27/08/2013 09:48 BST | Updated 24/10/2013 06:12 BST

Elysium - The Review

Contains spoilers

I love good sci-fi movies that are credible and about something.

Trouble is most are hampered by stupid scripts, sly winks to camera or bizarre logic twists that let the side down.

For me Elysium is about as good as none-sequel, none comic/game sci-fi epics get these days.

Edgy, epic, rarely dull and stunning to look at. And best of all, it's about something.

However, 20 minutes in I wished heroic Max (Matt Damon) would get a break - and not just his arm from a cop droid.

A blue collar worker in a sweaty, decrepit LA, he proved gripping and believable from the word go.

Aside from that injury (for expressing a sense of humour in front of the authorities), he got a lethal dose of radiation, and had an exo skeleton bolted onto his body.

By the time Robo Matt appeared I breathed a slight sigh of relief, but knew his ordeal was far from over.

Desperate to reach the eponymous space station and complete a 'vital cerebral info download' mission, the long suffering Max clashed with psycho South African Kruger (a scenery-chewing Sharlto Copley) and his army of goons, endorsed by one of Elysium's big cheeses, Delacourt (Jodie Foster).

It's a crying shame that design genius Syd Mead, Richard Taylor and the brilliant Weta crew created a stunning future world, yet Foster's badly dubbed voice let the side down.

Spaghetti Westerns have had more verbal credibility.

In a pre-screening blog, I'd mentioned I wanted to see something special, and it was. I was even moved a couple of times, partly because the concept of a device that could cure cancer was so desirable, and the scene when medical shuttles are launched to help the sick on Earth left me a tad emotional.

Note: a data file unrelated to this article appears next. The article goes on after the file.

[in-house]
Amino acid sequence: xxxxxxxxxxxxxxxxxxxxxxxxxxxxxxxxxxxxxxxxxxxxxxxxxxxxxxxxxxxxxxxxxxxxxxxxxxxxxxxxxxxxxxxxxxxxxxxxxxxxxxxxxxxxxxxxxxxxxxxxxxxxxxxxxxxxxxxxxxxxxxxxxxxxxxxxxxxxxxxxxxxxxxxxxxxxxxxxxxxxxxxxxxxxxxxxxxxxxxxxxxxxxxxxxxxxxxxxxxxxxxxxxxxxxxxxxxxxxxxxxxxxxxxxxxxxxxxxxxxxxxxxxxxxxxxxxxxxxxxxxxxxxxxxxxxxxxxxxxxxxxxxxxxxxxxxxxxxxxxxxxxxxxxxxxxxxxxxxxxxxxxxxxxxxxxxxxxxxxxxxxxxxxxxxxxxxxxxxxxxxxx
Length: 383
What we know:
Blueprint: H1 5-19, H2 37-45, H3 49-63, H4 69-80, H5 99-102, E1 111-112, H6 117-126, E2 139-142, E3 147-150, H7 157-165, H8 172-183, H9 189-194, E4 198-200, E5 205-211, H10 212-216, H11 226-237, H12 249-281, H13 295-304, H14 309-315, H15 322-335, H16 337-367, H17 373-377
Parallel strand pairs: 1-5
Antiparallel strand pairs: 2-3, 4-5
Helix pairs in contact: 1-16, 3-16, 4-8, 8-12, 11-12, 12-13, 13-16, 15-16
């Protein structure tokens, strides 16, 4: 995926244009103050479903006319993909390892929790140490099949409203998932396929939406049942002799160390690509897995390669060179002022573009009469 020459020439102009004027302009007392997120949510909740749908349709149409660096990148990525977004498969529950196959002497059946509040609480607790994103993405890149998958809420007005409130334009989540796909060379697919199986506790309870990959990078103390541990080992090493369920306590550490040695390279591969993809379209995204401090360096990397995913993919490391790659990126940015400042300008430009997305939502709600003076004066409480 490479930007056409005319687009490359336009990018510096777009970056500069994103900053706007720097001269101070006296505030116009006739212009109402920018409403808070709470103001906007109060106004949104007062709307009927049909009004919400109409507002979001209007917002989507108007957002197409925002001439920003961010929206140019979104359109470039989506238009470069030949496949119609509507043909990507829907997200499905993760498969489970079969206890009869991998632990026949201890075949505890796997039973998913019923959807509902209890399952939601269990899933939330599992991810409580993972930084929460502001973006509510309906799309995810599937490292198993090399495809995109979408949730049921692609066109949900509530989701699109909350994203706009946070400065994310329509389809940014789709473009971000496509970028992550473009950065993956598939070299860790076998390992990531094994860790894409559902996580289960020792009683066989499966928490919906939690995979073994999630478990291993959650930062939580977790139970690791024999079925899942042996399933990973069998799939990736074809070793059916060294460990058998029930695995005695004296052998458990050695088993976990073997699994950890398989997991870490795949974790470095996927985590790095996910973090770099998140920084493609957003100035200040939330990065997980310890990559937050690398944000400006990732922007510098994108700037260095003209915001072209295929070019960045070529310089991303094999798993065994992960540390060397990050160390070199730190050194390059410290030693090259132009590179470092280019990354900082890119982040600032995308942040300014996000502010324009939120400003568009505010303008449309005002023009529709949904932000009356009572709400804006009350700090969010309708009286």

Imagine a world where the ill got the attention they needed, and not just based on their bank balance. A glorious dream.

Elysium is not perfect by any means. Too many slow motion shots; Frey, Alice Braga's nurse, was compelling, but whenever she repeated the name 'Max' it grated, and the shaky cam shots were annoying.

But these are small niggles.

Elysium had a broad canvas to fill and did such an admirable job I was left craving another hour, or immediate sequel.

Even the score was great (aside from the Lisa Gerrard/Gladiator/The Insider-style wailing) and kept me in my seat for most of the closing credits.

Okay, the space ring idea is nothing new in sci-fi, having been explored countless times, from Larry Niven's Ringworld series to the hit game saga Halo (which seems to have dominated my life for the past decade).

However, rarely has it looked so good on the big screen.

The fact writer/director Neill Blomkamp was going to make a movie version of Halo is apparent in several scenes, but in many ways I'm glad that never saw the light of day.

Game adaptations are nearly always disappointing; better to forge something relatively new and create a fresh universe worthy of revisiting than a pale imitation of a button-bashing saga.

Personally I wished the next chapter was already available, with or without Matt.

Elysium is one world well worth returning to.